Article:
Sadiq Khan will spend £4.7 million to cut school exclusions in a bid to steer young Londoners away from violent crime.

The funding announced today will pay for workshops and training in secondary schools where youth violence is highest.

Youngsters who have been excluded from school in London are twice as likely to carry a knife as their peers, according to Ofsted research.

Nationally, 90 per cent of young people in custody have been suspended – and England’s Children’s Commissioner has branded some schools for excluded pupils “gang grooming grounds”.

But permanent and temporary expulsions are rising both nationally and in London.

Permanent exclusions in the capital have gone up by a third in five years, from 780 in the 2013/14 school year to 1,035 in 2017/18.

Temporary exclusions have seen a similar rise, increasing from 34,960 to 47,832 over five years.

The Mayor’s new funding will pay for summer programmes to help children move from primary to secondary school, as well as workshops on healthy relationships for secondary pupils.

Students will learn to mentor their peers, and teachers will get trauma training to help identify children who are at risk of getting involved in gangs.

The funding will also provide more after-school clubs to keep young people safe in the evening, after City Hall research found 10 to 16 year olds are most at risk of violence straight after school.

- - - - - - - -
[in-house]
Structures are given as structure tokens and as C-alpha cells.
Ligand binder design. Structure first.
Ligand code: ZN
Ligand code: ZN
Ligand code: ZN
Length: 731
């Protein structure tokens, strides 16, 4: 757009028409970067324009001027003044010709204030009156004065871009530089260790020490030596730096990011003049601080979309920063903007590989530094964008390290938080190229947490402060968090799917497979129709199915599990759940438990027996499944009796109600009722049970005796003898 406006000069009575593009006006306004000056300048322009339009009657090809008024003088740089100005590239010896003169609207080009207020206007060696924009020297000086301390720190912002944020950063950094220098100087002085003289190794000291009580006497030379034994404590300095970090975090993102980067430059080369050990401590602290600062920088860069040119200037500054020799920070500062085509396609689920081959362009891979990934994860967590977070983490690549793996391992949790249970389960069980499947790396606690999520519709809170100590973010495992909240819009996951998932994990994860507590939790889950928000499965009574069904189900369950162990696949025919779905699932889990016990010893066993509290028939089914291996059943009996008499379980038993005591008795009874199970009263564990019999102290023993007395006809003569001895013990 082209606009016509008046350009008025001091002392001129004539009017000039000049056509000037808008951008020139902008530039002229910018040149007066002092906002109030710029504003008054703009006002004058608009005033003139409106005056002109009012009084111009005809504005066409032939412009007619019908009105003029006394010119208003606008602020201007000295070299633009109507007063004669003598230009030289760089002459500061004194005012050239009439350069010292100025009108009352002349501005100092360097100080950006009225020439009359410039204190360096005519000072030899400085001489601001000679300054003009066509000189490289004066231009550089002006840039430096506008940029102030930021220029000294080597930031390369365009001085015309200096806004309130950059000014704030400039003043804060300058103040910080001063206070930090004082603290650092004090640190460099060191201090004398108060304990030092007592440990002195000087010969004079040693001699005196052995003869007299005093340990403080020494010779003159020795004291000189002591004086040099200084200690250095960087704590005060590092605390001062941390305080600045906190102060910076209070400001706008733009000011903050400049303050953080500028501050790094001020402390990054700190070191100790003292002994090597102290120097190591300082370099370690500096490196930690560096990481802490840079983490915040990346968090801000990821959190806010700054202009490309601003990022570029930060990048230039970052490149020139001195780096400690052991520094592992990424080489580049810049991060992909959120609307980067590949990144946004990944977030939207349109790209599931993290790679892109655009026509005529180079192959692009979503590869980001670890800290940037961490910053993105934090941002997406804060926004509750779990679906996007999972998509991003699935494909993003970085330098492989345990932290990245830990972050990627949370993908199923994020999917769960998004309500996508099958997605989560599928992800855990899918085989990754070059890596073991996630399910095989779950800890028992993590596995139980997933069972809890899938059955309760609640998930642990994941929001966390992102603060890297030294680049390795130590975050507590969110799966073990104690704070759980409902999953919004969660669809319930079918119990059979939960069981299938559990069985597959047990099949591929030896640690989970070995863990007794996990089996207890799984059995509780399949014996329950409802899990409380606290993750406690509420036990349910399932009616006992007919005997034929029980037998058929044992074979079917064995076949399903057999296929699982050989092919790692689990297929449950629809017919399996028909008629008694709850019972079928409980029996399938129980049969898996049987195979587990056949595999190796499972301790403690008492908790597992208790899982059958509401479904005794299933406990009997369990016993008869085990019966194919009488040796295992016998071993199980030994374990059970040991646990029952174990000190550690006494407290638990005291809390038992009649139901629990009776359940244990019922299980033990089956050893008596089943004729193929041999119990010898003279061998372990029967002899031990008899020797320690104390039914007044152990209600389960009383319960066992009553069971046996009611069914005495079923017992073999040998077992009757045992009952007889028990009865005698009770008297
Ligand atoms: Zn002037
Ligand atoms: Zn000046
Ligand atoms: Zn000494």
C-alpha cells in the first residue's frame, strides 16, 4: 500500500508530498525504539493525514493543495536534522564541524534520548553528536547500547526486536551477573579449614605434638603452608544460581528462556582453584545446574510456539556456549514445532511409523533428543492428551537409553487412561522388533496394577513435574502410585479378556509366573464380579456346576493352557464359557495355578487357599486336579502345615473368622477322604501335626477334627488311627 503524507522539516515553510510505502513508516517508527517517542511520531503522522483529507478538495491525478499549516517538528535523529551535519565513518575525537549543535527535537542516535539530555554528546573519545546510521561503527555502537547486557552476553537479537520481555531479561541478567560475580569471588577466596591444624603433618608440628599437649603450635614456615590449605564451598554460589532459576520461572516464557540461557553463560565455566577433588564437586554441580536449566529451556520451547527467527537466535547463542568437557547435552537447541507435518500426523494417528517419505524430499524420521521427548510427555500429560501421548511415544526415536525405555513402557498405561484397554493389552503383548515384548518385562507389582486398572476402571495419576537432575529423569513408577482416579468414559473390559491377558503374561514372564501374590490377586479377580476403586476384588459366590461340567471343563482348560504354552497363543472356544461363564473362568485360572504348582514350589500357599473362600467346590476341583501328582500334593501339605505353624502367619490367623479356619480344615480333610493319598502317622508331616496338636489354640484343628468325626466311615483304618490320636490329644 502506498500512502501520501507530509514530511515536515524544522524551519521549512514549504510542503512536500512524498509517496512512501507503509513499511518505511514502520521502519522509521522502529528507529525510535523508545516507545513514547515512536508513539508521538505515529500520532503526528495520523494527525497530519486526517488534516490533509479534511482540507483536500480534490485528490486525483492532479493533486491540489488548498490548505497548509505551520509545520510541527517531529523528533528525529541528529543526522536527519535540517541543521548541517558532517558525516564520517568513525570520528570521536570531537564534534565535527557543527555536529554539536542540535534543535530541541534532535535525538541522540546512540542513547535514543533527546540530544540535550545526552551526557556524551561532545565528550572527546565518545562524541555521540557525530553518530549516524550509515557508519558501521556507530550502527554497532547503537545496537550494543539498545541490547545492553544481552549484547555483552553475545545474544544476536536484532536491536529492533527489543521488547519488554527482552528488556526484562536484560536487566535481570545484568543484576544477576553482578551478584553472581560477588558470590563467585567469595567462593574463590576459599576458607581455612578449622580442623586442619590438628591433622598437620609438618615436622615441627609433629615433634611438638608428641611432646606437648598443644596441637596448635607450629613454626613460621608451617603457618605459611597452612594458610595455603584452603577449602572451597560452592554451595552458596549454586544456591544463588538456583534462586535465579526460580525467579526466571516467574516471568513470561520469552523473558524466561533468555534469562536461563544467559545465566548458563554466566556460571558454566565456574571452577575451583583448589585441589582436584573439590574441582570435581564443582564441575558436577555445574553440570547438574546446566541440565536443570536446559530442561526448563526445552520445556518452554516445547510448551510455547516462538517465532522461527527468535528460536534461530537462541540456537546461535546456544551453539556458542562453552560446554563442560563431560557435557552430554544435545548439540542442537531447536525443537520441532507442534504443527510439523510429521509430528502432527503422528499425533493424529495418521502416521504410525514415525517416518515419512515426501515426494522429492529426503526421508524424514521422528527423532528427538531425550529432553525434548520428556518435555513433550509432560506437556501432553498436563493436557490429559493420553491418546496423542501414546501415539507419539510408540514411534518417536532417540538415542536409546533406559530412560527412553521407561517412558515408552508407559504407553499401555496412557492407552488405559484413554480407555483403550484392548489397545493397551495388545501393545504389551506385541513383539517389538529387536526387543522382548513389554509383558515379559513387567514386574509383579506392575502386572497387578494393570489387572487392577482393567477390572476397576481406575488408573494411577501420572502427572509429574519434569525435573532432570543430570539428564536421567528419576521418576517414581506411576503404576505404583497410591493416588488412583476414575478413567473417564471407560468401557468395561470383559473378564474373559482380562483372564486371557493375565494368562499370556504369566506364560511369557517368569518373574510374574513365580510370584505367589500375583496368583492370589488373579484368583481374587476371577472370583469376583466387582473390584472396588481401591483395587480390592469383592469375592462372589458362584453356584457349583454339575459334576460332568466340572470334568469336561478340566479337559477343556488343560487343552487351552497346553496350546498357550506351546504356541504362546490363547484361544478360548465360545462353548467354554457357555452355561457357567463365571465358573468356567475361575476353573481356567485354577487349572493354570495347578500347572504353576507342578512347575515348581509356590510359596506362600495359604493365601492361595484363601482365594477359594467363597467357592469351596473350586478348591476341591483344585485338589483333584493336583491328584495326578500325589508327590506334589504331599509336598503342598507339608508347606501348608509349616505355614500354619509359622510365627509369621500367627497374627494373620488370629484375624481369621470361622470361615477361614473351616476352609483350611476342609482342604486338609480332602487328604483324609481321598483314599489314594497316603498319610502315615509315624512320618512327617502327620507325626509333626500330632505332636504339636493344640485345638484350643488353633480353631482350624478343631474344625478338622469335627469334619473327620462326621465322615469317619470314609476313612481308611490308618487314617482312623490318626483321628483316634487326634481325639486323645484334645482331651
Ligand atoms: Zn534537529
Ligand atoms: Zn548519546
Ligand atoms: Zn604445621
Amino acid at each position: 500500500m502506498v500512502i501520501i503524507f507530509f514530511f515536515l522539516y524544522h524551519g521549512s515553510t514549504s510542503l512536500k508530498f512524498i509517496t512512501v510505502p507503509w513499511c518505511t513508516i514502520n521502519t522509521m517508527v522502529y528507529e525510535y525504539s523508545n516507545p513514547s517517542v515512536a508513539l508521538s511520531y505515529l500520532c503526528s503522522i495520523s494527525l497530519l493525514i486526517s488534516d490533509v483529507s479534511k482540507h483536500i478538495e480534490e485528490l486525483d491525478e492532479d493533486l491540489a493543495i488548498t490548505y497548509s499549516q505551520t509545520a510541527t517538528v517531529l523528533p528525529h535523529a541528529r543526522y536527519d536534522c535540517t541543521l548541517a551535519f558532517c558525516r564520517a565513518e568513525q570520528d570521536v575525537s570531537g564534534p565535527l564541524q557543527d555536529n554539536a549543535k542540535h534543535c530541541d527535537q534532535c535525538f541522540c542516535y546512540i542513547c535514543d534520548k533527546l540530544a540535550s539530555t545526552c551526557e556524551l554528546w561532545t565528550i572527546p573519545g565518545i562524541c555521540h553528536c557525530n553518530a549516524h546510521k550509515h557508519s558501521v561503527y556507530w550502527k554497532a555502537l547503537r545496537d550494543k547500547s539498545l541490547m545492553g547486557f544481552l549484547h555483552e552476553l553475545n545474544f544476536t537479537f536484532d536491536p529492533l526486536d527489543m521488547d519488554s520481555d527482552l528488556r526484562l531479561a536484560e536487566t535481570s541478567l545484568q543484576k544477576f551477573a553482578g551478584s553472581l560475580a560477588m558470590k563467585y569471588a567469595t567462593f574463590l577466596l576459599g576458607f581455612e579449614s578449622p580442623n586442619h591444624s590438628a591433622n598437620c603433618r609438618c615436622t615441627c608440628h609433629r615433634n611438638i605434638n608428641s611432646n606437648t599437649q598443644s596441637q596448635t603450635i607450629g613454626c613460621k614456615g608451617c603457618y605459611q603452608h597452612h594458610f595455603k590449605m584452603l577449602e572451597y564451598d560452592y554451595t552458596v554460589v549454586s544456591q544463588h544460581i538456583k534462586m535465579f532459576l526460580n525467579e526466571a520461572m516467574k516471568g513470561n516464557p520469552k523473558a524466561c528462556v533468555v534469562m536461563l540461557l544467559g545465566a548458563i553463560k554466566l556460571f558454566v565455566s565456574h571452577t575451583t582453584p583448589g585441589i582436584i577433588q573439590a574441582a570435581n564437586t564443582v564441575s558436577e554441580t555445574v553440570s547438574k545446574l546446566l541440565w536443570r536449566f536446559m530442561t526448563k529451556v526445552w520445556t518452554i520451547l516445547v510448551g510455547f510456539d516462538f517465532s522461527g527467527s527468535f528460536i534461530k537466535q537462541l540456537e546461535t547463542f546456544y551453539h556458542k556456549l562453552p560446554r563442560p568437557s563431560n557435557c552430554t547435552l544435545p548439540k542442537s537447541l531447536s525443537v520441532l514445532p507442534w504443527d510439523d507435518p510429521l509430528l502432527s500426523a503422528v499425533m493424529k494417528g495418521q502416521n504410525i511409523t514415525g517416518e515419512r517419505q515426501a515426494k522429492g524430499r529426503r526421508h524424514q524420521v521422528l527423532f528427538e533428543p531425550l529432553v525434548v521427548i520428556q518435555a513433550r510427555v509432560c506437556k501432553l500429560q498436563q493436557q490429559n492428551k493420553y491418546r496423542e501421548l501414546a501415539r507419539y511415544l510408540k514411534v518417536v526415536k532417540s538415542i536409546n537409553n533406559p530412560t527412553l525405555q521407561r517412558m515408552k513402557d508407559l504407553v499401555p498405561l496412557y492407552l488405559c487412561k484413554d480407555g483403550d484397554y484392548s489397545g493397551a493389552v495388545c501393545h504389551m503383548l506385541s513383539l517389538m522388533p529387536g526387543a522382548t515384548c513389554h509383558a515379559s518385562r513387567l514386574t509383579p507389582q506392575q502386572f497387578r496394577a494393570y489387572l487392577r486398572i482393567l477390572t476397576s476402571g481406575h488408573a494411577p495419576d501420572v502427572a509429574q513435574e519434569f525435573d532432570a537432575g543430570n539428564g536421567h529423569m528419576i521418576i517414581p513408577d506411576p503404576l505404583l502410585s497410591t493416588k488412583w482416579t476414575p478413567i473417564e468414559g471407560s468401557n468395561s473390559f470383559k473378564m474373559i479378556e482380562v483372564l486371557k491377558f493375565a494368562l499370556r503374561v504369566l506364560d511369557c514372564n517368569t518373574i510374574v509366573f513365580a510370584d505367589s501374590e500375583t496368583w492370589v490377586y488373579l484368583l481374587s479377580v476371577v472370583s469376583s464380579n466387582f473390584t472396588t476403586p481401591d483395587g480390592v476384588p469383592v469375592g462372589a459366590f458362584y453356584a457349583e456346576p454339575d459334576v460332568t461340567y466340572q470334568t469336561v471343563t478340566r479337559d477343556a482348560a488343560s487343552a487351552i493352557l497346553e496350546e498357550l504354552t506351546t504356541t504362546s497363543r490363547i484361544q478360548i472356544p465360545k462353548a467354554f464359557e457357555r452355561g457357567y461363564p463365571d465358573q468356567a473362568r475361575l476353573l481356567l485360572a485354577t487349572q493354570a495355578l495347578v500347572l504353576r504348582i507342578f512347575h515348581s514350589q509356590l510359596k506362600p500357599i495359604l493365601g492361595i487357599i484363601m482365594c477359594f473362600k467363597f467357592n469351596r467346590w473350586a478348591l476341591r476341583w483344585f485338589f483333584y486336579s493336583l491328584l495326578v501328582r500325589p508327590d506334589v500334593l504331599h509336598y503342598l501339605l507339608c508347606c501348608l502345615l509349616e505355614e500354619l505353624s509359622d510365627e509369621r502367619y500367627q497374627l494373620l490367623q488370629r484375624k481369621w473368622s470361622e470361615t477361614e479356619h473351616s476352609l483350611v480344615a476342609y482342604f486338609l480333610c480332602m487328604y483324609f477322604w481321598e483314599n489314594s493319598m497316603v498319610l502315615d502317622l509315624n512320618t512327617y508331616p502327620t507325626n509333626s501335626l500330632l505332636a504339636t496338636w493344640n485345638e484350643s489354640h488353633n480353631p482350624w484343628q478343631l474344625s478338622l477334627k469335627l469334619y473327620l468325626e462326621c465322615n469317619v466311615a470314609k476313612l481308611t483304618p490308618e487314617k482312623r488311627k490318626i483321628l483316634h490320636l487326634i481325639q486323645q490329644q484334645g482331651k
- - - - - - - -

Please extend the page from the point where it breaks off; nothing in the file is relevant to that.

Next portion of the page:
The Mayor said: “I have been clear that we have to do everything we can to keep young people in schools.

“The current approach to exclusions simply isn’t working – for teachers or pupils – and this has to change.

“Our hard-working teachers are doing everything they can to keep young people in schools and engaged with their education, but they are struggling because of a lack funding and support from Government.”

But Liberal Democrat mayoral candidate Siobhan Benita said Mr Khan’s recent policy announcements bore a striking resemblance to her own.

Last week, the Mayor called for a “rethink” of cannabis legalisation – something Ms Benita was already advocating.

She has also pledged to end permanent exclusions in London schools if elected.

Ms Benita said: “There seems to be a bit of a pattern emerging here. In the past few days Sadiq Khan has begun to talk seriously about two of the key issues at the heart of my plan to tackle knife crime and keep young Londoners safe.

“While I welcome these moves, the timing is interesting to say the least as he comes to the end of his disappointing term as mayor.”